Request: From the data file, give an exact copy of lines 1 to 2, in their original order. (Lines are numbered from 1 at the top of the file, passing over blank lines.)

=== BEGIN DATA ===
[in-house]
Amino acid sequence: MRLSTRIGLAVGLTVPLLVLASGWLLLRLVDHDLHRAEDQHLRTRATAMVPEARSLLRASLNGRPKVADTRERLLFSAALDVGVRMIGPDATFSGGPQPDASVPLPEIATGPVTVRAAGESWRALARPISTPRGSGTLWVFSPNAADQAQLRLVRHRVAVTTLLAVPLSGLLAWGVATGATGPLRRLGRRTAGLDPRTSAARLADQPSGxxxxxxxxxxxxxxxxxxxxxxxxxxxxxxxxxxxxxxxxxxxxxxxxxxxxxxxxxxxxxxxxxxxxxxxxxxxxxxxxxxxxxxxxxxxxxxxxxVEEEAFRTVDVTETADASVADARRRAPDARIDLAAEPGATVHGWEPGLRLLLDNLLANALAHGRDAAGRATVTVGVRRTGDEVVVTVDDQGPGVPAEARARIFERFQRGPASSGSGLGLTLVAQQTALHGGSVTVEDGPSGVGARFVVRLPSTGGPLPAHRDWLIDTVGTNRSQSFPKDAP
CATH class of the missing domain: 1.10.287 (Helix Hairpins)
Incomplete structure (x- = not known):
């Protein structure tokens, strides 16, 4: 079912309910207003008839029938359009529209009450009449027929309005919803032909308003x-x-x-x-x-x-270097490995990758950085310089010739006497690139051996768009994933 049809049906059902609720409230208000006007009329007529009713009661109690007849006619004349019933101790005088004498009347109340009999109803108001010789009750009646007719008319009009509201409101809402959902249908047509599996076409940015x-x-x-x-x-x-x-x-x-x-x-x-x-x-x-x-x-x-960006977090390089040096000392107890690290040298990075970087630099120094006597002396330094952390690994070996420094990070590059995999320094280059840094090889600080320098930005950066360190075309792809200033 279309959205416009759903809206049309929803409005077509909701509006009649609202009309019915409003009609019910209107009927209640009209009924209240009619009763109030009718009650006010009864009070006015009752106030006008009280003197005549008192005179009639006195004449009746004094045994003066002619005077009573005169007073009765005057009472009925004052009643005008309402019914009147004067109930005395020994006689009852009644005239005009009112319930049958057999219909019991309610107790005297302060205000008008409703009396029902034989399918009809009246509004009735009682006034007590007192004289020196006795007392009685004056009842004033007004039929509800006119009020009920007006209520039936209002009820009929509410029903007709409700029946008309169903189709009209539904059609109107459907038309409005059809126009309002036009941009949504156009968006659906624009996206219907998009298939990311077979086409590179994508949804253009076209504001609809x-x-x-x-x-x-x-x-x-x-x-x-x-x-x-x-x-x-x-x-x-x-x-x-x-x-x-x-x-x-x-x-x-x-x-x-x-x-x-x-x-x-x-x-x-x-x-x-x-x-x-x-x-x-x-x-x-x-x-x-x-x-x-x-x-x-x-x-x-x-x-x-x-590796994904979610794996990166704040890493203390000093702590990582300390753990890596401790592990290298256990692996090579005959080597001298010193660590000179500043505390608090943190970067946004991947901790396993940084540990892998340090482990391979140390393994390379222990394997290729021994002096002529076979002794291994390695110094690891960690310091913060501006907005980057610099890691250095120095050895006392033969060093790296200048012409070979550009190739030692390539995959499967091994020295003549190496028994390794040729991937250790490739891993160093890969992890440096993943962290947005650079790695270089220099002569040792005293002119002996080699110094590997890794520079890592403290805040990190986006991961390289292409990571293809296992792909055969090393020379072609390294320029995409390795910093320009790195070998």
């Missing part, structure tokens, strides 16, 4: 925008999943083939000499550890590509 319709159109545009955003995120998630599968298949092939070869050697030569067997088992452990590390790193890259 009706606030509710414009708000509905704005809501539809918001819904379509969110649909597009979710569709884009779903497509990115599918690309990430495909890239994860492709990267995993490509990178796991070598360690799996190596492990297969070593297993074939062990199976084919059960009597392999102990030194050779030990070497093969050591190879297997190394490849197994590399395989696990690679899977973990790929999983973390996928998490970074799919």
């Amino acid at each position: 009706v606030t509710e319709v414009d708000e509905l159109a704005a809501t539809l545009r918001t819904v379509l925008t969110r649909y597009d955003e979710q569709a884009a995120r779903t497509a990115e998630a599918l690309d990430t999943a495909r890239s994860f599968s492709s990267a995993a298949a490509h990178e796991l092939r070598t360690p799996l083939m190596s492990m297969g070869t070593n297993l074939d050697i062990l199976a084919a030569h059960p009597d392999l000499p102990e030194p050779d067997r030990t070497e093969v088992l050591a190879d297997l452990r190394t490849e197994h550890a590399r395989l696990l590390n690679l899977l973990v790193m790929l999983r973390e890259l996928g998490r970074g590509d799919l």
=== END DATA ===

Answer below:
[in-house]
Amino acid sequence: MRLSTRIGLAVGLTVPLLVLASGWLLLRLVDHDLHRAEDQHLRTRATAMVPEARSLLRASLNGRPKVADTRERLLFSAALDVGVRMIGPDATFSGGPQPDASVPLPEIATGPVTVRAAGESWRALARPISTPRGSGTLWVFSPNAADQAQLRLVRHRVAVTTLLAVPLSGLLAWGVATGATGPLRRLGRRTAGLDPRTSAARLADQPSGxxxxxxxxxxxxxxxxxxxxxxxxxxxxxxxxxxxxxxxxxxxxxxxxxxxxxxxxxxxxxxxxxxxxxxxxxxxxxxxxxxxxxxxxxxxxxxxxxVEEEAFRTVDVTETADASVADARRRAPDARIDLAAEPGATVHGWEPGLRLLLDNLLANALAHGRDAAGRATVTVGVRRTGDEVVVTVDDQGPGVPAEARARIFERFQRGPASSGSGLGLTLVAQQTALHGGSVTVEDGPSGVGARFVVRLPSTGGPLPAHRDWLIDTVGTNRSQSFPKDAP